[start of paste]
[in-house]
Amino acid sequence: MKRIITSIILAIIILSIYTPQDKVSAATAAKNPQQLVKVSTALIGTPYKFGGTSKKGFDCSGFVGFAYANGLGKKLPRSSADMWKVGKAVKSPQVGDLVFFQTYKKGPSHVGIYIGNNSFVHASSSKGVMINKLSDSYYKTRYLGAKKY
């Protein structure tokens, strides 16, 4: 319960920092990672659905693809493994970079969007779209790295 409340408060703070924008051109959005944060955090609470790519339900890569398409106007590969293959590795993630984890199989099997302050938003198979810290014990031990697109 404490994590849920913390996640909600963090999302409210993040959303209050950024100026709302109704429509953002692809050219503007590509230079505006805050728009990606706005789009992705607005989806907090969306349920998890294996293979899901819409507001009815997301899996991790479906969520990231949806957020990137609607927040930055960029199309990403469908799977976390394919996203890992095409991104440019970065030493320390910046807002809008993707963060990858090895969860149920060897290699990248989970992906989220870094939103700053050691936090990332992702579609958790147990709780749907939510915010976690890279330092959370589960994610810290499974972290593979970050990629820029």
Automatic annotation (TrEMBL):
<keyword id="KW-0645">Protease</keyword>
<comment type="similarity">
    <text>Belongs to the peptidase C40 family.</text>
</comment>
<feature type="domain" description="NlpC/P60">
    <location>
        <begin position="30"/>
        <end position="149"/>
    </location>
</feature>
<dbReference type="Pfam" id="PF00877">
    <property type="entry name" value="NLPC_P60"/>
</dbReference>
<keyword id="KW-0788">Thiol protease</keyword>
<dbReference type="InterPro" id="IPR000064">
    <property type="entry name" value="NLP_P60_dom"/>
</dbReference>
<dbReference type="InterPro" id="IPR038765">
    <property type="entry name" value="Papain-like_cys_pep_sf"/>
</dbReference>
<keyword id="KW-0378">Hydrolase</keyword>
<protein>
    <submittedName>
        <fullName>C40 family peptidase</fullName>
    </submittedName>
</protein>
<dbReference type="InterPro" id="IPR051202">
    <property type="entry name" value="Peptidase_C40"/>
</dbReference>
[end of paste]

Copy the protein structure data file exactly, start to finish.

[in-house]
Amino acid sequence: MKRIITSIILAIIILSIYTPQDKVSAATAAKNPQQLVKVSTALIGTPYKFGGTSKKGFDCSGFVGFAYANGLGKKLPRSSADMWKVGKAVKSPQVGDLVFFQTYKKGPSHVGIYIGNNSFVHASSSKGVMINKLSDSYYKTRYLGAKKY
């Protein structure tokens, strides 16, 4: 319960920092990672659905693809493994970079969007779209790295 409340408060703070924008051109959005944060955090609470790519339900890569398409106007590969293959590795993630984890199989099997302050938003198979810290014990031990697109 404490994590849920913390996640909600963090999302409210993040959303209050950024100026709302109704429509953002692809050219503007590509230079505006805050728009990606706005789009992705607005989806907090969306349920998890294996293979899901819409507001009815997301899996991790479906969520990231949806957020990137609607927040930055960029199309990403469908799977976390394919996203890992095409991104440019970065030493320390910046807002809008993707963060990858090895969860149920060897290699990248989970992906989220870094939103700053050691936090990332992702579609958790147990709780749907939510915010976690890279330092959370589960994610810290499974972290593979970050990629820029």
Automatic annotation (TrEMBL):
<keyword id="KW-0645">Protease</keyword>
<comment type="similarity">
    <text>Belongs to the peptidase C40 family.</text>
</comment>
<feature type="domain" description="NlpC/P60">
    <location>
        <begin position="30"/>
        <end position="149"/>
    </location>
</feature>
<dbReference type="Pfam" id="PF00877">
    <property type="entry name" value="NLPC_P60"/>
</dbReference>
<keyword id="KW-0788">Thiol protease</keyword>
<dbReference type="InterPro" id="IPR000064">
    <property type="entry name" value="NLP_P60_dom"/>
</dbReference>
<dbReference type="InterPro" id="IPR038765">
    <property type="entry name" value="Papain-like_cys_pep_sf"/>
</dbReference>
<keyword id="KW-0378">Hydrolase</keyword>
<protein>
    <submittedName>
        <fullName>C40 family peptidase</fullName>
    </submittedName>
</protein>
<dbReference type="InterPro" id="IPR051202">
    <property type="entry name" value="Peptidase_C40"/>
</dbReference>